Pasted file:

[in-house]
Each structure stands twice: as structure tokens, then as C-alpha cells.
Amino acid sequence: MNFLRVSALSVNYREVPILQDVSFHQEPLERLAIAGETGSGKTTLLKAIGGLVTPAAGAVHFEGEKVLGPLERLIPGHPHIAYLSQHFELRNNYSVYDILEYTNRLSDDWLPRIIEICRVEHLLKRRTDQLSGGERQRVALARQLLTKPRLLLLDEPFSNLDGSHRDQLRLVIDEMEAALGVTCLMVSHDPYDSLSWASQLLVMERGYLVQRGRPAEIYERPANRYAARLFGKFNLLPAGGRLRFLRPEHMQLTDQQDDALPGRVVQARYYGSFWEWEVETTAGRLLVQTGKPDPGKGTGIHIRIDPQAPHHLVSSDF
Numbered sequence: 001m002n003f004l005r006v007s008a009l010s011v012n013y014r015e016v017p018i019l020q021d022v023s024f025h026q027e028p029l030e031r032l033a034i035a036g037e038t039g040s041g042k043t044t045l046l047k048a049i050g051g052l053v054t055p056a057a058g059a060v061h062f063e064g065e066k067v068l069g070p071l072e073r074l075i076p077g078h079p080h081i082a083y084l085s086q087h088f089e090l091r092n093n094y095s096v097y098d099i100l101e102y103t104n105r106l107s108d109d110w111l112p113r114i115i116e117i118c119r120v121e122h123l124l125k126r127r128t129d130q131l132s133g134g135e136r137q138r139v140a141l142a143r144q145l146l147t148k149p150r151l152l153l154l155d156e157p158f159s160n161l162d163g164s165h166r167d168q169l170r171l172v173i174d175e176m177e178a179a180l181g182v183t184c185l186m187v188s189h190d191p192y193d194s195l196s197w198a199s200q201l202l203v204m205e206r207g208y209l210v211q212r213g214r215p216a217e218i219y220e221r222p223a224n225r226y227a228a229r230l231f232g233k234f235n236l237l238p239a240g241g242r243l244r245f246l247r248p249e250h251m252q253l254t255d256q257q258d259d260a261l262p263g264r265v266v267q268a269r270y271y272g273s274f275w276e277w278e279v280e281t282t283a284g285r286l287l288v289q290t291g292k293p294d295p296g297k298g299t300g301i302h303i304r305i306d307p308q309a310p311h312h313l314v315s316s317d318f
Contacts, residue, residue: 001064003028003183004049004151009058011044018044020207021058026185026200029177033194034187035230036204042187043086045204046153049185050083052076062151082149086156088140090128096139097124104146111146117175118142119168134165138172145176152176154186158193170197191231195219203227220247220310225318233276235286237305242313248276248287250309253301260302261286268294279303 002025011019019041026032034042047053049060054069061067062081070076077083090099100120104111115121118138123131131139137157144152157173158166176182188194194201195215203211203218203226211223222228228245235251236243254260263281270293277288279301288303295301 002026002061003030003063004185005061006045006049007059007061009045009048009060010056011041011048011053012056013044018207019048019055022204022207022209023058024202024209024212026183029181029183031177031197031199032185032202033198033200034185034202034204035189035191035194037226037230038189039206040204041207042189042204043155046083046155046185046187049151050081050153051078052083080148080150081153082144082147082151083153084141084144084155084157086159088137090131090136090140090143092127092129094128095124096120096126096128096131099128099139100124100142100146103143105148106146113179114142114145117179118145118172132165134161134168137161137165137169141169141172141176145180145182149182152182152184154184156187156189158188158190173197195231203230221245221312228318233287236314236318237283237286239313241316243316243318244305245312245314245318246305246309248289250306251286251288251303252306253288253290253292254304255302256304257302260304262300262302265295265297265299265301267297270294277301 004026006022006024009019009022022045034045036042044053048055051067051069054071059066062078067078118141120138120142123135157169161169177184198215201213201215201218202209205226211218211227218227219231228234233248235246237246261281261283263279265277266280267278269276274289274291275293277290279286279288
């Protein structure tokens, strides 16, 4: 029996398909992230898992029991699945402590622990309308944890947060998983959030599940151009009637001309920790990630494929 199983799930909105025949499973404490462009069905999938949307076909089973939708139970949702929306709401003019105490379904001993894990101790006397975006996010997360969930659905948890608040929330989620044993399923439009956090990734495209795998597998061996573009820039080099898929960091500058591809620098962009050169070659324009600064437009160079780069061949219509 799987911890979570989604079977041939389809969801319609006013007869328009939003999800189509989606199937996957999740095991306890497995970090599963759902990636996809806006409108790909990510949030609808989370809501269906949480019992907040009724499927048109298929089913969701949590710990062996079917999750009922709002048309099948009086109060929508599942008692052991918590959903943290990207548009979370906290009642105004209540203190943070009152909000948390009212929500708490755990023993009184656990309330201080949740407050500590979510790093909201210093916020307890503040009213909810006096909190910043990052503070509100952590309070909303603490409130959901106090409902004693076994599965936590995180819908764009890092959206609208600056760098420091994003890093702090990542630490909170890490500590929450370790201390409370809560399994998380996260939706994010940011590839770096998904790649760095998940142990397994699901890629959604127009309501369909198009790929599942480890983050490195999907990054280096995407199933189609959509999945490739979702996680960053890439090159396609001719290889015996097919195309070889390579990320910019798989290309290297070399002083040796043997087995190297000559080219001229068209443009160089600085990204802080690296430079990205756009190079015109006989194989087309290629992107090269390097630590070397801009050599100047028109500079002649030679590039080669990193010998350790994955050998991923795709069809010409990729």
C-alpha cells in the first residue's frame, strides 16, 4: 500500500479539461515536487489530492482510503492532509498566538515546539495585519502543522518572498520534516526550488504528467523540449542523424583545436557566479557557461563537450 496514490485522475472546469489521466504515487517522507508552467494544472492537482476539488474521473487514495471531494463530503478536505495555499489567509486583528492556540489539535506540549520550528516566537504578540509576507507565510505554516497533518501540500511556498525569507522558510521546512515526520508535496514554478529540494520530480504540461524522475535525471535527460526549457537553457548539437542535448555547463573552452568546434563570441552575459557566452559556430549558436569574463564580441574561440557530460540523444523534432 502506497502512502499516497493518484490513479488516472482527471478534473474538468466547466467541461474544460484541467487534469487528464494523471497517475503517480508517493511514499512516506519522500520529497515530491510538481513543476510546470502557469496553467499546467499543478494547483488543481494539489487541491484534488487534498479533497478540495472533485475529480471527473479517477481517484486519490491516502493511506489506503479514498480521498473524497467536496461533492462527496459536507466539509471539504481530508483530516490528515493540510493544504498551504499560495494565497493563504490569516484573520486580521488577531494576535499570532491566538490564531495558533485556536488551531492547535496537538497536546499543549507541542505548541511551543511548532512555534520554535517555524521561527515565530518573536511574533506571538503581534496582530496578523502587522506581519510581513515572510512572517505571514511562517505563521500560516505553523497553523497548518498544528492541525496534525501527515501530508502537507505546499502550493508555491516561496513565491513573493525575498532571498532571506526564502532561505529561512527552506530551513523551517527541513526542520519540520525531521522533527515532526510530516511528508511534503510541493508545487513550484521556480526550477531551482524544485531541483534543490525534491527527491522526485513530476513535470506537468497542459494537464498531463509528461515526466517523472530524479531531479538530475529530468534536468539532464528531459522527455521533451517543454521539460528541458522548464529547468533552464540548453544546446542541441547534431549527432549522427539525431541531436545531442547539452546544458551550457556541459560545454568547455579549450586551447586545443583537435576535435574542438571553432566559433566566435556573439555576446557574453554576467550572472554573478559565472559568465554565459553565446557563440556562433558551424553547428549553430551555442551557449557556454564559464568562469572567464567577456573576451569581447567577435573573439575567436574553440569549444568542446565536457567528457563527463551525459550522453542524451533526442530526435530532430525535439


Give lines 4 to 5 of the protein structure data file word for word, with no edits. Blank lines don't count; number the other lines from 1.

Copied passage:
Numbered sequence: 001m002n003f004l005r006v007s008a009l010s011v012n013y014r015e016v017p018i019l020q021d022v023s024f025h026q027e028p029l030e031r032l033a034i035a036g037e038t039g040s041g042k043t044t045l046l047k048a049i050g051g052l053v054t055p056a057a058g059a060v061h062f063e064g065e066k067v068l069g070p071l072e073r074l075i076p077g078h079p080h081i082a083y084l085s086q087h088f089e090l091r092n093n094y095s096v097y098d099i100l101e102y103t104n105r106l107s108d109d110w111l112p113r114i115i116e117i118c119r120v121e122h123l124l125k126r127r128t129d130q131l132s133g134g135e136r137q138r139v140a141l142a143r144q145l146l147t148k149p150r151l152l153l154l155d156e157p158f159s160n161l162d163g164s165h166r167d168q169l170r171l172v173i174d175e176m177e178a179a180l181g182v183t184c185l186m187v188s189h190d191p192y193d194s195l196s197w198a199s200q201l202l203v204m205e206r207g208y209l210v211q212r213g214r215p216a217e218i219y220e221r222p223a224n225r226y227a228a229r230l231f232g233k234f235n236l237l238p239a240g241g242r243l244r245f246l247r248p249e250h251m252q253l254t255d256q257q258d259d260a261l262p263g264r265v266v267q268a269r270y271y272g273s274f275w276e277w278e279v280e281t282t283a284g285r286l287l288v289q290t291g292k293p294d295p296g297k298g299t300g301i302h303i304r305i306d307p308q309a310p311h312h313l314v315s316s317d318f
Contacts, residue, residue: 001064003028003183004049004151009058011044018044020207021058026185026200029177033194034187035230036204042187043086045204046153049185050083052076062151082149086156088140090128096139097124104146111146117175118142119168134165138172145176152176154186158193170197191231195219203227220247220310225318233276235286237305242313248276248287250309253301260302261286268294279303 002025011019019041026032034042047053049060054069061067062081070076077083090099100120104111115121118138123131131139137157144152157173158166176182188194194201195215203211203218203226211223222228228245235251236243254260263281270293277288279301288303295301 002026002061003030003063004185005061006045006049007059007061009045009048009060010056011041011048011053012056013044018207019048019055022204022207022209023058024202024209024212026183029181029183031177031197031199032185032202033198033200034185034202034204035189035191035194037226037230038189039206040204041207042189042204043155046083046155046185046187049151050081050153051078052083080148080150081153082144082147082151083153084141084144084155084157086159088137090131090136090140090143092127092129094128095124096120096126096128096131099128099139100124100142100146103143105148106146113179114142114145117179118145118172132165134161134168137161137165137169141169141172141176145180145182149182152182152184154184156187156189158188158190173197195231203230221245221312228318233287236314236318237283237286239313241316243316243318244305245312245314245318246305246309248289250306251286251288251303252306253288253290253292254304255302256304257302260304262300262302265295265297265299265301267297270294277301 004026006022006024009019009022022045034045036042044053048055051067051069054071059066062078067078118141120138120142123135157169161169177184198215201213201215201218202209205226211218211227218227219231228234233248235246237246261281261283263279265277266280267278269276274289274291275293277290279286279288